“I just feel like there’s a lid on the basket,” Bennett said this past weekend. “Three games and no shots went in, but I just have to keep working.”
What isn’t mentioned in any the statistical blurbs is that the Cavaliers’ first-overall selection hasn’t been asked to do much, if anything at all. Certainly, Bennett possessing confidence of his own would instill some in fans. Sure, the headlines and highlight reels would be a lot more fun to write and watch if the No. 1 pick was treated like many before him, immediately inserted into the starting lineup where he can be a focal point of the team’s offense, watching his usage rate and counting stats tick up with each passing minute. And this may have been the reason why many fans and media pundits scratched their heads—or let out an audible WHOA—when Bennett’s name was called. The Cleveland Cavaliers, despite coming off of a season where they were among the worst in the league, do not need Anthony Bennett to be successful through his first four NBA contests. They do not need the No. 1 pick to have his name announced among the starting five, logging crucial minutes as a high-powered Western Conference squad comes back from 23 points down. They do not need the 20-year-old Canadian to body up with All-World power forward Kevin Love in what is still his NBA baptism.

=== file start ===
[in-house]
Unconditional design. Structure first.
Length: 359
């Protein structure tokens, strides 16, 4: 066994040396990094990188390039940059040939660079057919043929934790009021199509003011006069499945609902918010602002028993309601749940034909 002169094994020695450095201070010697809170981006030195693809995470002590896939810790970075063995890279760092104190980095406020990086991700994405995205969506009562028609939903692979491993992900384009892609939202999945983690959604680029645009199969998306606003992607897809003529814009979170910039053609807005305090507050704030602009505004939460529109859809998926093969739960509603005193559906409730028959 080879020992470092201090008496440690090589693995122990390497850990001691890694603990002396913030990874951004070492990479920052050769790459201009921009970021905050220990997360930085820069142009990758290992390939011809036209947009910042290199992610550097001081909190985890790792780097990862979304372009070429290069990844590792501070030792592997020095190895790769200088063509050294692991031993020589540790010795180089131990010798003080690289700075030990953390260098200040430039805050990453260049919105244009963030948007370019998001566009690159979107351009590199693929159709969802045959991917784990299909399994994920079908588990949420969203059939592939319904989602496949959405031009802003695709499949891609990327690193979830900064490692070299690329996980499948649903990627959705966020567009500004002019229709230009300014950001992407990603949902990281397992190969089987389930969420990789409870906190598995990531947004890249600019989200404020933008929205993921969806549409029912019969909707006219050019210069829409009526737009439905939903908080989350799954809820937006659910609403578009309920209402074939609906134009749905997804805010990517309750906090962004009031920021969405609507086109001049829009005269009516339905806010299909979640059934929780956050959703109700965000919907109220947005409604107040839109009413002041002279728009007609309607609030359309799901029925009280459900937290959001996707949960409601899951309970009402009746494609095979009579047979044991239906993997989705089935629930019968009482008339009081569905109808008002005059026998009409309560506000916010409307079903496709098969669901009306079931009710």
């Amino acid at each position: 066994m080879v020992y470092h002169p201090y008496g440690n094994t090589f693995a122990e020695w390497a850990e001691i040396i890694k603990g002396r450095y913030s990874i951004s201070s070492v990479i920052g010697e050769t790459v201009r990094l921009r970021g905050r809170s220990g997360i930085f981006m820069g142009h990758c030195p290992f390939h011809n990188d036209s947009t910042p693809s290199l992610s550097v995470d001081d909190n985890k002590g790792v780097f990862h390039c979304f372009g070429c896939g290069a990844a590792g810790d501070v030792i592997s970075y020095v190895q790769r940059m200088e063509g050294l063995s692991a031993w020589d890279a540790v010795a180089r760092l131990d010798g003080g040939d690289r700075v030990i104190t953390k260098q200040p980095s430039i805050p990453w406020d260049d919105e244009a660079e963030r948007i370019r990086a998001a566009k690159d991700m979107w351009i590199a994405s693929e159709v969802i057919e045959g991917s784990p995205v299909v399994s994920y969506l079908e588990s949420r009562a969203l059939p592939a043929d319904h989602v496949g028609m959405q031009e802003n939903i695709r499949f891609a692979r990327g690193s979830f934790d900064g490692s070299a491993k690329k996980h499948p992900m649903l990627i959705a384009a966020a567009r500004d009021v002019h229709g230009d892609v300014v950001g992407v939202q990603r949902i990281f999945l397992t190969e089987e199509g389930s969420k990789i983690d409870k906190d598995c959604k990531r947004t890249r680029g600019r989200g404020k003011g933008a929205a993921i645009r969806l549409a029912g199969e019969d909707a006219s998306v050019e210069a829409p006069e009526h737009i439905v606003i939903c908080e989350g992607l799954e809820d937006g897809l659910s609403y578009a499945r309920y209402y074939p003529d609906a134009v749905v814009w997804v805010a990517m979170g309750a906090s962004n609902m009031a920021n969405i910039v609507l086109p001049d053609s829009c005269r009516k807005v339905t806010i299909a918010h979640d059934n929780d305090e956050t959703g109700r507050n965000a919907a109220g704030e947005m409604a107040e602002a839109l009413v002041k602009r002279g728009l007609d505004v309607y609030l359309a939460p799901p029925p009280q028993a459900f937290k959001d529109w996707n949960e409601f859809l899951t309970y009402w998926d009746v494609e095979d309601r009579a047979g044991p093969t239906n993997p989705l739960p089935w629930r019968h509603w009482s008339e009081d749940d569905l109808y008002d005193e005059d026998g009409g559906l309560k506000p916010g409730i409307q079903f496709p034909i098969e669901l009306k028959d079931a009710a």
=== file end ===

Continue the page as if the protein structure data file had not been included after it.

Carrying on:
Going ghost for a bit, think it's be best for me at this point .. If you don't have my number DM me
— Anthony Bennett (@AnthonyBennett) November 5, 2013